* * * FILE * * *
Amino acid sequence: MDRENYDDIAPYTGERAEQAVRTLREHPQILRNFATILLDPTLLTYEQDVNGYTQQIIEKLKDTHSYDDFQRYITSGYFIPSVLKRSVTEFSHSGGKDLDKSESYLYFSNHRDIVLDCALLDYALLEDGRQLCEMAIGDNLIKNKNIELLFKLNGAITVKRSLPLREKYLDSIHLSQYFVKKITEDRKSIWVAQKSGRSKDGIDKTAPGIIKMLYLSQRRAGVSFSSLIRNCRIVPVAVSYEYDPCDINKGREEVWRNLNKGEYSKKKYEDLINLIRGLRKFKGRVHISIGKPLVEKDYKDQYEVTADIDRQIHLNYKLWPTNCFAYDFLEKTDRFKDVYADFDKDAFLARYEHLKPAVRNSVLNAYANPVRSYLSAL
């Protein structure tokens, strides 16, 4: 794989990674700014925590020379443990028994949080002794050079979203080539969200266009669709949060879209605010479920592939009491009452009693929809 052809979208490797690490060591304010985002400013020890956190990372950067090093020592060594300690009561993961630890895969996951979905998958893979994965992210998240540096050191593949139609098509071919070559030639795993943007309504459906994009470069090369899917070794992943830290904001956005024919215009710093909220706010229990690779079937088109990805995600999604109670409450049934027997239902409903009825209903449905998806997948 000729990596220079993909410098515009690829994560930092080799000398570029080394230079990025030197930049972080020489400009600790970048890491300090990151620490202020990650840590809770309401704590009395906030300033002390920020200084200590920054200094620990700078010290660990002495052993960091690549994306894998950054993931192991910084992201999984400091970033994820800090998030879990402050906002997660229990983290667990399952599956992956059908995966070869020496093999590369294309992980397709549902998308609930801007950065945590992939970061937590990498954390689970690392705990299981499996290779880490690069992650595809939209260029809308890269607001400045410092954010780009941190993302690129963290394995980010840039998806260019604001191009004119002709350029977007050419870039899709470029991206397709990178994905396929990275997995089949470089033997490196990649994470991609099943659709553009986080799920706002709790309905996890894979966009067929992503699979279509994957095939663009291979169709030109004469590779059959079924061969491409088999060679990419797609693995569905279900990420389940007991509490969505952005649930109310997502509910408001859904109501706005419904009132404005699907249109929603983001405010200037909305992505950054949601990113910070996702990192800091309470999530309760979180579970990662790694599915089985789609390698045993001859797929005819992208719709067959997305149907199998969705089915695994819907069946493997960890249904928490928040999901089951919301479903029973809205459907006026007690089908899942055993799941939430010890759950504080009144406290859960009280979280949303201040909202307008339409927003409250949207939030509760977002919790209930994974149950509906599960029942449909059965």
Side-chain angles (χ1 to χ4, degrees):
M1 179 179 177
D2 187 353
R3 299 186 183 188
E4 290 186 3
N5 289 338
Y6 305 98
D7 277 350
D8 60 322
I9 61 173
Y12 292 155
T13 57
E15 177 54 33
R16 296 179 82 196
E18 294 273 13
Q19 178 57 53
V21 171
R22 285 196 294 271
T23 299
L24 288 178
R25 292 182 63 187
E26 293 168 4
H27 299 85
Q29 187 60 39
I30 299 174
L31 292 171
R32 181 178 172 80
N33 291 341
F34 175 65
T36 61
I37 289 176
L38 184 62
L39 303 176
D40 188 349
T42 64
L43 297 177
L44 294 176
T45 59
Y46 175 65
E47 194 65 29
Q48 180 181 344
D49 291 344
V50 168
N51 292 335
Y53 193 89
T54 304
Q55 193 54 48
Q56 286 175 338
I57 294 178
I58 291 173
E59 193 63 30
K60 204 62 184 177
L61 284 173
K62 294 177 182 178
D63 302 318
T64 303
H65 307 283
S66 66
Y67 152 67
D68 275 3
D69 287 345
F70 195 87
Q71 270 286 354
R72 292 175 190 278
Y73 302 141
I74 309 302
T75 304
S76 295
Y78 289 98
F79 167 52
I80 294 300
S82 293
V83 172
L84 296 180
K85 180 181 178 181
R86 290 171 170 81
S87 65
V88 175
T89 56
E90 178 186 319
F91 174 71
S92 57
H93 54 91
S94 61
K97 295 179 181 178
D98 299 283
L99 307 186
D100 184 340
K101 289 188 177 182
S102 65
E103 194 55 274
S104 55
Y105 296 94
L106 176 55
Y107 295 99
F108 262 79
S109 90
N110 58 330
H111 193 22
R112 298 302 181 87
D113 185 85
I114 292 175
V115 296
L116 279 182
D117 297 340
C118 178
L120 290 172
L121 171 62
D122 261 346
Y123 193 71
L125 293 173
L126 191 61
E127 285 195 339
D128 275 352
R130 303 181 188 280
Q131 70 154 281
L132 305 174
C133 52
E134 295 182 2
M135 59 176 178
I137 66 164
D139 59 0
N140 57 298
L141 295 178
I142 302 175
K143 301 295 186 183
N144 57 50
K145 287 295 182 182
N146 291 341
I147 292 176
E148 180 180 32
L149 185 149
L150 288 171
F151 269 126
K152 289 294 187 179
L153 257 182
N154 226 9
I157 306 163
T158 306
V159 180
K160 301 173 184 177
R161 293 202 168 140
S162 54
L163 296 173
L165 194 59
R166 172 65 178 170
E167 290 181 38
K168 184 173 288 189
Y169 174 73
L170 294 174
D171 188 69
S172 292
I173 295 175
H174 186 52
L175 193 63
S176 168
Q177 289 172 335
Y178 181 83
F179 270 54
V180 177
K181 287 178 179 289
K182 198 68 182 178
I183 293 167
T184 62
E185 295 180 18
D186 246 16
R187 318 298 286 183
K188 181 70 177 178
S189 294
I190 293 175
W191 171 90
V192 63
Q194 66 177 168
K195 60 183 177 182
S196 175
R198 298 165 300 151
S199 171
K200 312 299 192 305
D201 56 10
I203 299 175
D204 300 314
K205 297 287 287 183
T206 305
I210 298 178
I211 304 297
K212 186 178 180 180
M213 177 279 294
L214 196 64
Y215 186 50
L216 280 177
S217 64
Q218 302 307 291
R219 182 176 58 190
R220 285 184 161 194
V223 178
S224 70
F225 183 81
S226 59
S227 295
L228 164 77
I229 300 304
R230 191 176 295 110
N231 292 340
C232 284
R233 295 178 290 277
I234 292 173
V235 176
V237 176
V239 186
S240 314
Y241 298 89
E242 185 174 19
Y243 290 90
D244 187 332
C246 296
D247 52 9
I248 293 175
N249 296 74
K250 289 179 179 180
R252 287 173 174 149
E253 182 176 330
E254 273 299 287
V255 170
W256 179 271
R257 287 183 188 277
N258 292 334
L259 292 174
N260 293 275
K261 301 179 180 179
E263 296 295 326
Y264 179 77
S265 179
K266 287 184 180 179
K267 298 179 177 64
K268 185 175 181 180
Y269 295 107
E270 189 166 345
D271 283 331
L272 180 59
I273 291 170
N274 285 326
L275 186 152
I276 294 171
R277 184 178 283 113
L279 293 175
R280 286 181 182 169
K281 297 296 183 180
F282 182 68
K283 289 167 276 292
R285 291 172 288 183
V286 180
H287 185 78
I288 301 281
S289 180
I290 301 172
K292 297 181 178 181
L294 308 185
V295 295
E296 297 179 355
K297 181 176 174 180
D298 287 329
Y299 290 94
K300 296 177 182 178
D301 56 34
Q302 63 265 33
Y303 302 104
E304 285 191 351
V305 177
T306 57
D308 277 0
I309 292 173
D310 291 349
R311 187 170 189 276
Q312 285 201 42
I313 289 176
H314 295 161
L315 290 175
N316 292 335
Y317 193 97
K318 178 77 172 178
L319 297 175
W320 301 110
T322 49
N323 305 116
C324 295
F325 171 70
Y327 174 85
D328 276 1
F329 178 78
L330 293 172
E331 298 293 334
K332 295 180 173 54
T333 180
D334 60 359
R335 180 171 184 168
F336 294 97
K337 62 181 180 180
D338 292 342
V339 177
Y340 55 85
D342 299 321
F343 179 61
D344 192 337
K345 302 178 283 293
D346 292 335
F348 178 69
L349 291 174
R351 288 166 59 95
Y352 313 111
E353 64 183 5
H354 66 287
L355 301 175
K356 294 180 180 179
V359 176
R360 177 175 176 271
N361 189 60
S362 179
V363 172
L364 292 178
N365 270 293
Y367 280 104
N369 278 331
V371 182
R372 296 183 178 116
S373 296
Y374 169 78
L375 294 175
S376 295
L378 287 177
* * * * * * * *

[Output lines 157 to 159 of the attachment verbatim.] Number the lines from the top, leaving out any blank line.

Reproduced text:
L175 193 63
S176 168
Q177 289 172 335